A five to eight hour process, lots of patience and lots of yarn is just the beginning of a life changing hobby. With a smile on her face, junior Kylie Crookes presents her handmade hats to the hospital workers.
Crookes makes crochet hats and donates them to NICU babies and chemo patients.
“I’ve been crocheting for over a year now and I’ve been knitting since… sixth grade,” Crookes said.
A COVID-19 hobby turned into an ongoing production for Crookes. Instead of doing this just to pass the time, she found a good way to give other people these special gifts.
Despite all the hard work, the pandemic limited their production.
“Unfortunately, because of COVID-19, I was never able to distribute them,” Crookes said.
So instead of being able to see all the cute faces of the patients she gave her hats to, she gave them to another hospital worker.
“When I give them to the lady, she’s just always so grateful and it’s always so sweet … because she’s just a little old lady,” Crookes said.
Crookes specifically wanted to donate her hats to NICU babies and toddlers going through chemotherapy.
“I’ve always loved working with kids, I just think it’s so cute,” Crookes said.
Her parents also work at MUSC Children’s Hospital so she was able to socialize through them.
“I used to hear them talk about getting chemo caps and stuff, so I thought maybe I should do that,” Crookes said.
To make her work stand out, she spent a lot of time selecting patterns and different types of hats for the children.
“Whenever I want to find a new design [I] just look at it, but mostly it’s something… like an animal,” Crookes said. “I made some with little bows and flowers on them.”
Instead of an ordinary pattern, she adds details that people will appreciate.
“I just look at a pattern and see which one I like, and it depends on which one I think suits the people in the hospital better,” Crookes said.
Crookes is particularly focused on the children who have long hospital stays. Even though the babies and toddlers don’t really understand what the hats are for and what’s behind them, Crookes’ parents express their appreciation. An important part of their process is the specialization of the hats.
“I like to put my tag in it so they know I made it,” Crookes said.
This year, Crookes took the extra step and started a crochet club at Wando with some of her friends. She wanted to develop what she was doing and hopes to get people at her club to get involved.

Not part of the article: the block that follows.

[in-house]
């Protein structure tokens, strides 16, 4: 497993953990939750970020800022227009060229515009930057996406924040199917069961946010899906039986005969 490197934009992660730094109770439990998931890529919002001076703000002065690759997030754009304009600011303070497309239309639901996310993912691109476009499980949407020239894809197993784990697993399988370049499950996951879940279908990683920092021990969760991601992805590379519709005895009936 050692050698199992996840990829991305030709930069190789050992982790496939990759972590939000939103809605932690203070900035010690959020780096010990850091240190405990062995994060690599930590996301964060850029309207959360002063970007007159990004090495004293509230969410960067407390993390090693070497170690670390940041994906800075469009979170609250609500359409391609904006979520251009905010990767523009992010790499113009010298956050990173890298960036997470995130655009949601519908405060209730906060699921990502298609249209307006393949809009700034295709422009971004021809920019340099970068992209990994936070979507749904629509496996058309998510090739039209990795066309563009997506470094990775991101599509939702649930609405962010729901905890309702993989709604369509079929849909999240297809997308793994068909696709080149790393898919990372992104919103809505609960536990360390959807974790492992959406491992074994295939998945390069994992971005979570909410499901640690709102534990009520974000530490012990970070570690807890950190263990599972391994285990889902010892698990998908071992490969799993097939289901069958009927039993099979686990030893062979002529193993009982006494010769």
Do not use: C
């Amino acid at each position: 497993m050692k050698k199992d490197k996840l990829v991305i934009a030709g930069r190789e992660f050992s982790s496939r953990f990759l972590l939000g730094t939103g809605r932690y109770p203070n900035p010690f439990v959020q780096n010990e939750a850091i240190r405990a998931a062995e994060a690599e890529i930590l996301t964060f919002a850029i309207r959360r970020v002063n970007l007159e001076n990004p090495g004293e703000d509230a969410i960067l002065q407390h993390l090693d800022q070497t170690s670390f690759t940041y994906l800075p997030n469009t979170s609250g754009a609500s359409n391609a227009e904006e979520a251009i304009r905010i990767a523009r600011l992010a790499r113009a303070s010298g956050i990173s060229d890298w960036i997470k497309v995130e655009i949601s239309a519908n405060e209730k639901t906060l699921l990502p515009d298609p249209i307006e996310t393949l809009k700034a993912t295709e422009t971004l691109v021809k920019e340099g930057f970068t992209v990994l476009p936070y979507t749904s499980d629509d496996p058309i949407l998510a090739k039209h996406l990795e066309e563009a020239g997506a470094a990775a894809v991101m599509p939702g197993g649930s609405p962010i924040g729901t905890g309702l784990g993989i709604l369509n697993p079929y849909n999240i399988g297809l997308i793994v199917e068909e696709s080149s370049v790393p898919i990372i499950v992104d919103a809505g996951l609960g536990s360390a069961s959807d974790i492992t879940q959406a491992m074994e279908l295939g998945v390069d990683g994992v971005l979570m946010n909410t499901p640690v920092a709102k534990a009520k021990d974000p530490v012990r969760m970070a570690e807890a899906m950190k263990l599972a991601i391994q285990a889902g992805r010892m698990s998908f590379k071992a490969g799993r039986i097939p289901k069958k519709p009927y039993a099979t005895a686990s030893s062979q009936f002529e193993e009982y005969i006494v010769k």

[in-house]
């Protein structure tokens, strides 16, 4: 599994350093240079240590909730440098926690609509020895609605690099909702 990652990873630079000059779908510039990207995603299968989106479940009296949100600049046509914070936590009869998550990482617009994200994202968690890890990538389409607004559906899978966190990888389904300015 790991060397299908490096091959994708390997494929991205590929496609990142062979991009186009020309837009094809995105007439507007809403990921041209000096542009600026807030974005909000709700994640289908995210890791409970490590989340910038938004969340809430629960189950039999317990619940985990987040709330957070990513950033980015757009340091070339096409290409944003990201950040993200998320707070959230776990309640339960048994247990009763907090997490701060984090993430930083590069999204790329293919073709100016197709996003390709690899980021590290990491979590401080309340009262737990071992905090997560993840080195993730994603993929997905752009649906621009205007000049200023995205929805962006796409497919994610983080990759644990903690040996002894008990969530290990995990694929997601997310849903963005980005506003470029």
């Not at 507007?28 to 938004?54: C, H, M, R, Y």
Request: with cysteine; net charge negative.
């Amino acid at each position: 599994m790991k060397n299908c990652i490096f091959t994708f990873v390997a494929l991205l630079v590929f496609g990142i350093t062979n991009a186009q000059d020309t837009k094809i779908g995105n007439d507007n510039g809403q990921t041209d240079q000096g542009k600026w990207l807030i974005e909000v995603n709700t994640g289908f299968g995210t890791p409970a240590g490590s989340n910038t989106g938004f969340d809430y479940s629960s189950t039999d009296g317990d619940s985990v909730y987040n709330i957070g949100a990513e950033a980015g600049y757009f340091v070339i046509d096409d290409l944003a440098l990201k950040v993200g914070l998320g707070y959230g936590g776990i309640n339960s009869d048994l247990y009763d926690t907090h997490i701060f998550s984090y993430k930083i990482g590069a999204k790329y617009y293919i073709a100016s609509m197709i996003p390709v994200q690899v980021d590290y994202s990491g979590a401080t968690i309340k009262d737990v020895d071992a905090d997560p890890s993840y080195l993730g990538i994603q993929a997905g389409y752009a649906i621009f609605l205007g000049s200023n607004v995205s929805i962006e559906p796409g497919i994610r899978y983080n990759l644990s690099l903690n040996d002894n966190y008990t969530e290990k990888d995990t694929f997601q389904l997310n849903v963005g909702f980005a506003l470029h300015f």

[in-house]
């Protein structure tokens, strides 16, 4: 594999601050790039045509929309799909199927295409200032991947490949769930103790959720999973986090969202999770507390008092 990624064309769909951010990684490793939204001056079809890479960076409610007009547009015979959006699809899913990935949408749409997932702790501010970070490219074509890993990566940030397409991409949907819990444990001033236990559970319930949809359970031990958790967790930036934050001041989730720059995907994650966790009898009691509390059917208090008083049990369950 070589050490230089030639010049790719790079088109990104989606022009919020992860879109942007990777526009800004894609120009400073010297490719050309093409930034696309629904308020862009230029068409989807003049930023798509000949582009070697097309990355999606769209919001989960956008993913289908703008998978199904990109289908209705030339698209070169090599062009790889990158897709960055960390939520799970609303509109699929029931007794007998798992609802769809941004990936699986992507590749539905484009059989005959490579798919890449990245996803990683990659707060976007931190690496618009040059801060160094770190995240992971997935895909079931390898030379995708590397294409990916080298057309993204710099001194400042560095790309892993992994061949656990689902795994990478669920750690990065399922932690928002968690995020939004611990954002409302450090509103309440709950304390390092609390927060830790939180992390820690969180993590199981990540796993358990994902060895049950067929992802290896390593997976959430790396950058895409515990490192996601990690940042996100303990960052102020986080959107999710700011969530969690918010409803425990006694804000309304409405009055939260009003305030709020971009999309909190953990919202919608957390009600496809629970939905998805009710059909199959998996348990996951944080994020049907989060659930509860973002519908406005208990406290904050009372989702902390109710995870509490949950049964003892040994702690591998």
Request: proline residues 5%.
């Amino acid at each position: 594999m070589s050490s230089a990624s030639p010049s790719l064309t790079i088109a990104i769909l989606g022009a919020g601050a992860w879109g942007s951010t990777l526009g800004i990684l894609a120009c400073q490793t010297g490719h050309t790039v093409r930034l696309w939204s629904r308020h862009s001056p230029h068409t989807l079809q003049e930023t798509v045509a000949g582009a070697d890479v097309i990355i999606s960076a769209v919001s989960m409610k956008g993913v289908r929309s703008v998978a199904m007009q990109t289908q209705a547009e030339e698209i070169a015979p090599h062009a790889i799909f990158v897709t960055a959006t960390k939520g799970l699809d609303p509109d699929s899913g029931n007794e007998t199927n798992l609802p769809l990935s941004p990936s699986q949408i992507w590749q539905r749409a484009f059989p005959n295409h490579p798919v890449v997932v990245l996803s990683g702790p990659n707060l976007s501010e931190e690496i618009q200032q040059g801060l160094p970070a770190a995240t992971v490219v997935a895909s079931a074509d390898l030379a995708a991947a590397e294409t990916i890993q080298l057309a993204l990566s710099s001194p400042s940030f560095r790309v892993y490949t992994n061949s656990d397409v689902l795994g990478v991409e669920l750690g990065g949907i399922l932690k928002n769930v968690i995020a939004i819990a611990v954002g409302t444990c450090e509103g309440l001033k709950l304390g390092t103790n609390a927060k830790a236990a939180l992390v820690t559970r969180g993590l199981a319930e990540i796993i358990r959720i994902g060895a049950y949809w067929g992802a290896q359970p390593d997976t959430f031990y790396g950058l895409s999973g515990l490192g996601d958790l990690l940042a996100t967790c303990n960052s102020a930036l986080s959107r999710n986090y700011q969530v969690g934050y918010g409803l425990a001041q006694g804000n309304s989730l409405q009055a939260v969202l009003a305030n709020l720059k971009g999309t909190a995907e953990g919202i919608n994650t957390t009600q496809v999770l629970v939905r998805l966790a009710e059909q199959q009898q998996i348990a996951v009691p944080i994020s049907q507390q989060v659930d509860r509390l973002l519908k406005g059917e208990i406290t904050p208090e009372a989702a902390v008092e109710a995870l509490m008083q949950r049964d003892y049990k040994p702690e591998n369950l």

“There are a lot of people who have joined [crochet club] and I was like, ‘Man, I didn’t know a lot of people wanted to crochet,'” Crookes said.
Corinne Mills, the teachers’ sponsor, was a great help with Crookes. She hopes to take over the crochet club and get members to make more hats to keep donating.
“We have to learn to do more than just one line, but we’ve talked about the nonprofit project, so that’s ultimately going to be our goal,” Mills said.
Due to the long manufacturing process of the hats, the crochet club offers its members service hours.
“They get seven hours per hat, which is great, so from the amount I donated I have about 840 hours now,” Crookes said.
Aside from her parents, Crooke’s biggest inspiration is her grandmother.
“You only have a limited amount of time with your grandparents, so it kind of helps me to talk to her about these things, and she just loves what I do,” Crookes said.
Crookes’ grandmother, Jodi Luke, was of great help to Crookes throughout her process.
“She started knitting these baby hats and all kinds of designs and patterns, and she’s been doing it for a few years now, but she’s almost never without something on her hands,” Luke said.
Crookes has been passionate about crocheting and knitting since she was young.
“You know, some kids listen to music, but they like to crochet and knit,” Luke said.
Crookes spends a lot of time crocheting. No matter what she does, she always finds a way to incorporate crocheting and knitting.
“She was a teacher’s assistant for a year, just sat there and crocheted,” Mills said.
Crookes not only changes perspectives for hospital families, but also for the people around them.
“I was surprised at her age that she came up with such a time consuming project because I remember what it was like to be that age and if she knitted some hats that would be one thing but we do a bunch of hats talk about it,” Luke said.
“It’s incredible that she chose to spend so many hours alone to give something away with the hope that someone would put it to wonderful use. I don’t think there is a greater satisfaction.”